TV KIDS: How are you reaching out to attract more girls?
ASCHEIM: Some of it is just making sure that when we do animation, we are making girls prominent centerpieces of the story. We are venturing into live action. That’s one of the ways we need to attract girls, and honestly, grown-ups and boys too.
TV KIDS: Tell us about Cartoonito.
ASCHEIM: Cartoonito [launched] this fall with 20 shows across HBO Max and Cartoon Network. We’re building to 50 shows over the next couple of years. We are using the power of some of what we have in our IP library. Batwheels is the youngest show made for Batman. Bugs Bunny Builders is a fantastical construction arena for Looney Tunes where they get to take their anarchic energy and apply it to buildings rather than each other. There’s Tom and Jerry Time. Cartoonito is anchored by a Humancentric Learning curriculum, which is an important part of building credible and effective preschool programming.
TV KIDS: You also oversee the kids’ and family block of programming on HBO Max.
ASCHEIM: Ann Sarnoff [chair and CEO of WarnerMedia Studios and Networks Group] has given our team responsibility to program HBO Max kids and family along with Cartoon Network. Now, when we think about projects and we go to creators, we don’t have to divide how we [approach] the platforms—we just need the best work, and we’re going to make sure that it’s available in all the places our audience wants to find it. For the most part, in time, our shows will be simultaneously in both places. We’re not quite there yet—now we often have shows on one and then the other. We know our audience is watching television when it’s linear and when it’s streaming, and they don’t want us to make that hard—they want us to make it easy, so we’re going to make it easy.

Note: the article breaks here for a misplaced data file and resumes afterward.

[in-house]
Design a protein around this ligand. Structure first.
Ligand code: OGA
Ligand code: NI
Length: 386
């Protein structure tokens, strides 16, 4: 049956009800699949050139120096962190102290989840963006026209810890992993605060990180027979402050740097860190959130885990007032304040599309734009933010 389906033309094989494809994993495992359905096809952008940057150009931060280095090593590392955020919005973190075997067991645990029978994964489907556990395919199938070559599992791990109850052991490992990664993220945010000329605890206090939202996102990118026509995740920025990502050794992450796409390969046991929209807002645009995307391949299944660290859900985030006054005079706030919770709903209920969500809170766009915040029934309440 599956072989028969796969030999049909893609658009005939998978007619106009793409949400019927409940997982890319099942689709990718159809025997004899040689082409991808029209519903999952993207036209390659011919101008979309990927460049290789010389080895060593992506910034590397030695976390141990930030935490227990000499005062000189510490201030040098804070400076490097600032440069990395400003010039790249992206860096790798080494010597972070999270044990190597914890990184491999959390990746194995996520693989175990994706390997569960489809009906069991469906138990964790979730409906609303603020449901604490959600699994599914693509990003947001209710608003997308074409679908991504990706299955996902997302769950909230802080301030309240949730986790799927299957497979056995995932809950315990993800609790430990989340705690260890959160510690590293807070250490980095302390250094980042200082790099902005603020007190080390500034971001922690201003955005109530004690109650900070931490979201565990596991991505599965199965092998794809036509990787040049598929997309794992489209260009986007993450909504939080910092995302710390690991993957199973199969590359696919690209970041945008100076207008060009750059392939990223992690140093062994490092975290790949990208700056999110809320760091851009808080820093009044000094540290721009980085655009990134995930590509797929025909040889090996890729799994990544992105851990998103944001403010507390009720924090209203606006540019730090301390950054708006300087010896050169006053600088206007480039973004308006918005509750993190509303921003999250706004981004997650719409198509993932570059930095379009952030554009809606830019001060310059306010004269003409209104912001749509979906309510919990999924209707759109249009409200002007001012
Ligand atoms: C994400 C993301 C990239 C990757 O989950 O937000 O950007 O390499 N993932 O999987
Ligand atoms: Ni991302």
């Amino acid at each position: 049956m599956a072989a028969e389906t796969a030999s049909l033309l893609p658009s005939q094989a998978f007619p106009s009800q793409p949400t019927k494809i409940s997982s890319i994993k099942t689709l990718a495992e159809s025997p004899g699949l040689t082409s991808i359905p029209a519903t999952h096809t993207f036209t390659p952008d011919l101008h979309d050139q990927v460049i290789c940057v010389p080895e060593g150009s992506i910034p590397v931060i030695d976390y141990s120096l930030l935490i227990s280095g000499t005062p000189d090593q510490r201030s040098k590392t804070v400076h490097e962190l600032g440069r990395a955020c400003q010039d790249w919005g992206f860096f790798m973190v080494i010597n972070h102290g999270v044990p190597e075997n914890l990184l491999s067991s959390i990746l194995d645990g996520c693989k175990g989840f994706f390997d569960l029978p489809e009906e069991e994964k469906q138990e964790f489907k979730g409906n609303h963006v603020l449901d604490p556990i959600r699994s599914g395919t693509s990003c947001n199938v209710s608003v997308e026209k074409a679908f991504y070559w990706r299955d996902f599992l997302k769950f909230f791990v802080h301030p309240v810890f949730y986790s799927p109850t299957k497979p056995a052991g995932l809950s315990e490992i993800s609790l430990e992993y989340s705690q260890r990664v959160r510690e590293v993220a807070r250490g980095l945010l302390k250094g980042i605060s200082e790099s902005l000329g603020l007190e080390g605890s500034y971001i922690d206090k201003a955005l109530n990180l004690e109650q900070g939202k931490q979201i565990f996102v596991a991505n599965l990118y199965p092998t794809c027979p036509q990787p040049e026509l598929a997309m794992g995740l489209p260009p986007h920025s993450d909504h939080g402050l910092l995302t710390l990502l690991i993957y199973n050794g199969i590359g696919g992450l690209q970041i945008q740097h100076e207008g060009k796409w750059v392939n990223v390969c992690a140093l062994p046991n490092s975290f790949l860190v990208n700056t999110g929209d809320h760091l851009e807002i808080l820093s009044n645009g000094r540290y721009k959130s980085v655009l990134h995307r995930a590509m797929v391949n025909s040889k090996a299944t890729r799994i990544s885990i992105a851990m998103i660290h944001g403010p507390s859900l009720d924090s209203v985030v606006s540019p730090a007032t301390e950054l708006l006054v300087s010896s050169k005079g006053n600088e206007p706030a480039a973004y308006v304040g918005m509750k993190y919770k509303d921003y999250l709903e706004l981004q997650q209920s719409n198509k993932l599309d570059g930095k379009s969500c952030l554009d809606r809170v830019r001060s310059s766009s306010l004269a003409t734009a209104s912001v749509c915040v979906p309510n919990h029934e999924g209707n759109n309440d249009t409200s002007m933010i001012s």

One of the competitive advantages we have at WarnerMedia versus a peer streamer is that our channels give that sense of focus and importance. It can get a little hard to find things on the streamers. One of the ways we make people pay more attention is we turn it into an event. That helps drive interest in shows.
TV KIDS: How do you build awareness for shows and help children and families find them?
ASCHEIM: That’s one of the things everybody’s grappling with. There’s no one-size-fits-all, but there are a few things we do that make things easier. Sometimes we use existing IP because it helps signal that this is something you should pay attention to. Sometimes it’s eventizing. The idea of a global launch creates a sense of momentousness. Then we have a pretty big digital reach. So we have our channel, our streamer, our IP and we use the tendrils we have in the digital landscape to find the audience where they are.
TV KIDS: What role does acquired product play on Cartoon Network, the other channels in the portfolio and HBO Max?